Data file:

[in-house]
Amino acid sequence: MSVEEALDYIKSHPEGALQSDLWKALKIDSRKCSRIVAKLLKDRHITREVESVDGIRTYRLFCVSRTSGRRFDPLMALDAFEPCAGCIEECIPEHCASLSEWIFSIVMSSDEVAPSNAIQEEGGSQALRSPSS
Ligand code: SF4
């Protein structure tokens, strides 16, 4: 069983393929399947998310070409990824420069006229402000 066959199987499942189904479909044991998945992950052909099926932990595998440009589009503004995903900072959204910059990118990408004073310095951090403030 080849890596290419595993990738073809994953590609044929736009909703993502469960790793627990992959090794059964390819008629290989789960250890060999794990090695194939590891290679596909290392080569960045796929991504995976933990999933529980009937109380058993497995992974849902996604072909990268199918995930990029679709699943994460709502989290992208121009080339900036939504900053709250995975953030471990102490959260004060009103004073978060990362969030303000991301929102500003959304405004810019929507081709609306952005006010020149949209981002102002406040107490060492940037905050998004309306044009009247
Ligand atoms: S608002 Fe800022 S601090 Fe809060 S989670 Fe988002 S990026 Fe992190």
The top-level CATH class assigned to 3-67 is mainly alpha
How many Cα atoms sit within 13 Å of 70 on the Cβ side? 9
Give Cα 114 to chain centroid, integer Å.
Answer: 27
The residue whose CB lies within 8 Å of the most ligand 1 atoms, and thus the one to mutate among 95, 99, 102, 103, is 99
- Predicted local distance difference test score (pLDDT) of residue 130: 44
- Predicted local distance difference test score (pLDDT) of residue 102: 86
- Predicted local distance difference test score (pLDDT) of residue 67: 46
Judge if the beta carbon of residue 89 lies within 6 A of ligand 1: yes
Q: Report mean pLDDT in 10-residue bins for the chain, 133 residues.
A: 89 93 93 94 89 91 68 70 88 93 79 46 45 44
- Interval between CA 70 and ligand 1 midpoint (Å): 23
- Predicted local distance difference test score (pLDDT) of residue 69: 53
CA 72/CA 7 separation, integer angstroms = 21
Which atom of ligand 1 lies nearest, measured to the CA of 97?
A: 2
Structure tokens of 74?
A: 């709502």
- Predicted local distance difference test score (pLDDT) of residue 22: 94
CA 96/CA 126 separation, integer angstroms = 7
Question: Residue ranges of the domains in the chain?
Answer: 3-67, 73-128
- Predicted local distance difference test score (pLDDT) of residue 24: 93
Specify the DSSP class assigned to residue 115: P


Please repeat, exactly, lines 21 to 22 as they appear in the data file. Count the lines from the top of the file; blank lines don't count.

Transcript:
A: 2
Structure tokens of 74?